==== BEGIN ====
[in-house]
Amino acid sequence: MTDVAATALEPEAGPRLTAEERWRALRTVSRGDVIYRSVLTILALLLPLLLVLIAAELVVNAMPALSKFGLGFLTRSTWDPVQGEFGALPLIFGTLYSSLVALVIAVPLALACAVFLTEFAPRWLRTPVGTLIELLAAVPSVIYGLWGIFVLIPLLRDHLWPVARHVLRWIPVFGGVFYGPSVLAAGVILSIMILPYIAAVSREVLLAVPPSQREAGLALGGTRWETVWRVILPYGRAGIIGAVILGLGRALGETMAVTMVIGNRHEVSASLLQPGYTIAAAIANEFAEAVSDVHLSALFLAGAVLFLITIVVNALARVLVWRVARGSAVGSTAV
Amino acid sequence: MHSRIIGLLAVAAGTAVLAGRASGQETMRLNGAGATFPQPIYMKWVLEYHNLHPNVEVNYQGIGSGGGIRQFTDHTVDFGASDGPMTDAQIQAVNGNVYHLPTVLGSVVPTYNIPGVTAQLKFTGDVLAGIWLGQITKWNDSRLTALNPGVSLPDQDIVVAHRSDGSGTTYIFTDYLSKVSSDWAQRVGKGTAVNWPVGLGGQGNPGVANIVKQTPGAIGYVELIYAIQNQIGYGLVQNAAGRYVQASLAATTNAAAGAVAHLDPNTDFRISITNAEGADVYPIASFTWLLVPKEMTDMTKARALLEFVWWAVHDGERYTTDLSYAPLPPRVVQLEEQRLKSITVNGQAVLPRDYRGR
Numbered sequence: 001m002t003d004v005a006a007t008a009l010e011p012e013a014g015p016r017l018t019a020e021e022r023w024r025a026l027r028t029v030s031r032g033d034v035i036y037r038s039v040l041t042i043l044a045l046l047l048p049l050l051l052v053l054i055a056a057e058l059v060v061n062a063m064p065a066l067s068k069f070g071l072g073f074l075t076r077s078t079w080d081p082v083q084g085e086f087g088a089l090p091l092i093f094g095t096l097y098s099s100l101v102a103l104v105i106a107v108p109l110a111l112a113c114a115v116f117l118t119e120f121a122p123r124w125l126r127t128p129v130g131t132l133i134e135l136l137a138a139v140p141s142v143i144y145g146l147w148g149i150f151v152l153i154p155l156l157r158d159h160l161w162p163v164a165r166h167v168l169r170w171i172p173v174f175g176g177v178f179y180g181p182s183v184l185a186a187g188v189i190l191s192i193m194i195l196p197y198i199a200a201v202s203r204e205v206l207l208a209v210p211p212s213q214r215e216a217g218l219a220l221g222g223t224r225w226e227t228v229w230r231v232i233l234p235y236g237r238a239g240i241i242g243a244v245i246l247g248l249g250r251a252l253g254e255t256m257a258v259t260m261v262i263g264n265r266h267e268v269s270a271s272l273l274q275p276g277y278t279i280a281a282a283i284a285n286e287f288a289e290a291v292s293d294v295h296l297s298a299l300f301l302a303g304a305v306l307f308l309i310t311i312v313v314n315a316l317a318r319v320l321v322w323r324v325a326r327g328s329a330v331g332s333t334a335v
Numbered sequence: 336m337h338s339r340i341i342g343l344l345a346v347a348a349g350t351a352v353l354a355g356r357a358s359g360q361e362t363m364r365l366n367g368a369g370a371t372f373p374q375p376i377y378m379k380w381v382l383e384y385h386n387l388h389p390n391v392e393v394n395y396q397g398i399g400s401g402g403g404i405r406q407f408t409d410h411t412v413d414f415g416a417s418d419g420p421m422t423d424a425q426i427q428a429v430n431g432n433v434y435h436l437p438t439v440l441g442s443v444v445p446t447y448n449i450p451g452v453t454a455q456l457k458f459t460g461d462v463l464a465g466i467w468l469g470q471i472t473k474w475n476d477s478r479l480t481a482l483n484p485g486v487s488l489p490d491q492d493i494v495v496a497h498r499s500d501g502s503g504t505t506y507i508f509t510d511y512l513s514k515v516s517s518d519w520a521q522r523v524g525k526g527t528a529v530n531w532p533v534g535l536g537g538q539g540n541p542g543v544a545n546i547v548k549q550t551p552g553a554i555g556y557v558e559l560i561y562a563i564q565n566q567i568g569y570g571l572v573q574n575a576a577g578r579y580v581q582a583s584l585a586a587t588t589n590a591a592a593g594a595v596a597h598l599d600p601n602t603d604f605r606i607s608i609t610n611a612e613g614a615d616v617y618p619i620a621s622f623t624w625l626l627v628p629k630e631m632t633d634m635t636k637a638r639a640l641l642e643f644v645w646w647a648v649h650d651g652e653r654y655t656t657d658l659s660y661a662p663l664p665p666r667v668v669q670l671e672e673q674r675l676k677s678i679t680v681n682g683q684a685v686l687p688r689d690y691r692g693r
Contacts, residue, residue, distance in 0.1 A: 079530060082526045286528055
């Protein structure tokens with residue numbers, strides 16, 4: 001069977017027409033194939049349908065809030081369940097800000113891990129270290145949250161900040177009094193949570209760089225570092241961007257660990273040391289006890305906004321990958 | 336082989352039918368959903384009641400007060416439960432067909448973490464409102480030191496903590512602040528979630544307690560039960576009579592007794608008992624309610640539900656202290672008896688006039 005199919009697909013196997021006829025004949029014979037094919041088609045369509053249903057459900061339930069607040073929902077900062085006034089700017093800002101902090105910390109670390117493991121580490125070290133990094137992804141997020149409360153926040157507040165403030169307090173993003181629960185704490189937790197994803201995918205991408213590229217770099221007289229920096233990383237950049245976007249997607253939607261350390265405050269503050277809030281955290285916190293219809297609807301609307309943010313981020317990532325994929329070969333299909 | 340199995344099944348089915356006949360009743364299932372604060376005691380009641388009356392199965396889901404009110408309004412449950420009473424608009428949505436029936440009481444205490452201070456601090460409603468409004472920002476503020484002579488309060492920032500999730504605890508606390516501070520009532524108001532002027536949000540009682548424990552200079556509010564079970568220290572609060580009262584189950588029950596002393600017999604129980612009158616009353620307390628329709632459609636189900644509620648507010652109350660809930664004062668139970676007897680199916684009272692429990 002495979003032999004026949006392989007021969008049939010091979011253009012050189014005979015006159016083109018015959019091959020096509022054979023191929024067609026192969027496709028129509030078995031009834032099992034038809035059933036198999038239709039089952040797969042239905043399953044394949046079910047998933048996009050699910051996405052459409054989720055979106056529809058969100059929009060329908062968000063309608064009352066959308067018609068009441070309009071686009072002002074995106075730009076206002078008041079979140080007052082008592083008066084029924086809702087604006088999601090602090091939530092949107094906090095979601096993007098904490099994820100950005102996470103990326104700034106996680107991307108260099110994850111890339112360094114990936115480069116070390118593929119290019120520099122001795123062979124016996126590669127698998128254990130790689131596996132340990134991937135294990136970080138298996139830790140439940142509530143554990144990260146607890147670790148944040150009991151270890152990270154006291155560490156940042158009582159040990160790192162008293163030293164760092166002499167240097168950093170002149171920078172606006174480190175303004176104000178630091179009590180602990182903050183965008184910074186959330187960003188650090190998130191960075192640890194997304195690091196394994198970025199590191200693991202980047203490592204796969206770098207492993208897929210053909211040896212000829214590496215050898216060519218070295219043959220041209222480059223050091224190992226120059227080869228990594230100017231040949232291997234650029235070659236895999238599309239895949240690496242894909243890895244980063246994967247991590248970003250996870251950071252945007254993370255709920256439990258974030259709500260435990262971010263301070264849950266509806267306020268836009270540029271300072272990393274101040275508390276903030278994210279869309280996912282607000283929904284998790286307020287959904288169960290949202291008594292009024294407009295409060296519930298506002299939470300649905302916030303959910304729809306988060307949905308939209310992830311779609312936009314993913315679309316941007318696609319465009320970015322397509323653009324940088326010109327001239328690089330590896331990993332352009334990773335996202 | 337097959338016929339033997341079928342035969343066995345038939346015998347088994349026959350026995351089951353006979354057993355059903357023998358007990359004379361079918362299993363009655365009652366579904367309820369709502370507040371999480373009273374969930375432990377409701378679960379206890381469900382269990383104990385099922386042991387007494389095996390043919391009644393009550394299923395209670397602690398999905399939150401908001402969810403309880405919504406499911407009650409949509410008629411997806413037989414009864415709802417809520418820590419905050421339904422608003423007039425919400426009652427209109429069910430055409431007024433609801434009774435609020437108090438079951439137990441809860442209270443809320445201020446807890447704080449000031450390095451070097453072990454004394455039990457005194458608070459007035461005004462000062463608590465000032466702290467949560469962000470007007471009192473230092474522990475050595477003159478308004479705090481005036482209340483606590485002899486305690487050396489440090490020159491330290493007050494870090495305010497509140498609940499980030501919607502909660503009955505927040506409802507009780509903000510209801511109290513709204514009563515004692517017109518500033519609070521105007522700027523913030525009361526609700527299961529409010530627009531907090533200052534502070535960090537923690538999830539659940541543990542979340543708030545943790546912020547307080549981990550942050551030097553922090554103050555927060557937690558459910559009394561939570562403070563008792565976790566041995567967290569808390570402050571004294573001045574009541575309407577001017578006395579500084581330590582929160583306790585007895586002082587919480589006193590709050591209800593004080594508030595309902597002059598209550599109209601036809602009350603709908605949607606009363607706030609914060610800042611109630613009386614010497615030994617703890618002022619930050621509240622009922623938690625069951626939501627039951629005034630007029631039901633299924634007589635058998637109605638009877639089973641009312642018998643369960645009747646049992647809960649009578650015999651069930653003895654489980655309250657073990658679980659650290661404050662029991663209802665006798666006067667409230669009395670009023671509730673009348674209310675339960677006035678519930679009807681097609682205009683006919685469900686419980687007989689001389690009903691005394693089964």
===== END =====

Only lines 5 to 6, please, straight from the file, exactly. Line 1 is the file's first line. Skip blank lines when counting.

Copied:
Numbered sequence: 336m337h338s339r340i341i342g343l344l345a346v347a348a349g350t351a352v353l354a355g356r357a358s359g360q361e362t363m364r365l366n367g368a369g370a371t372f373p374q375p376i377y378m379k380w381v382l383e384y385h386n387l388h389p390n391v392e393v394n395y396q397g398i399g400s401g402g403g404i405r406q407f408t409d410h411t412v413d414f415g416a417s418d419g420p421m422t423d424a425q426i427q428a429v430n431g432n433v434y435h436l437p438t439v440l441g442s443v444v445p446t447y448n449i450p451g452v453t454a455q456l457k458f459t460g461d462v463l464a465g466i467w468l469g470q471i472t473k474w475n476d477s478r479l480t481a482l483n484p485g486v487s488l489p490d491q492d493i494v495v496a497h498r499s500d501g502s503g504t505t506y507i508f509t510d511y512l513s514k515v516s517s518d519w520a521q522r523v524g525k526g527t528a529v530n531w532p533v534g535l536g537g538q539g540n541p542g543v544a545n546i547v548k549q550t551p552g553a554i555g556y557v558e559l560i561y562a563i564q565n566q567i568g569y570g571l572v573q574n575a576a577g578r579y580v581q582a583s584l585a586a587t588t589n590a591a592a593g594a595v596a597h598l599d600p601n602t603d604f605r606i607s608i609t610n611a612e613g614a615d616v617y618p619i620a621s622f623t624w625l626l627v628p629k630e631m632t633d634m635t636k637a638r639a640l641l642e643f644v645w646w647a648v649h650d651g652e653r654y655t656t657d658l659s660y661a662p663l664p665p666r667v668v669q670l671e672e673q674r675l676k677s678i679t680v681n682g683q684a685v686l687p688r689d690y691r692g693r
Contacts, residue, residue, distance in 0.1 A: 079530060082526045286528055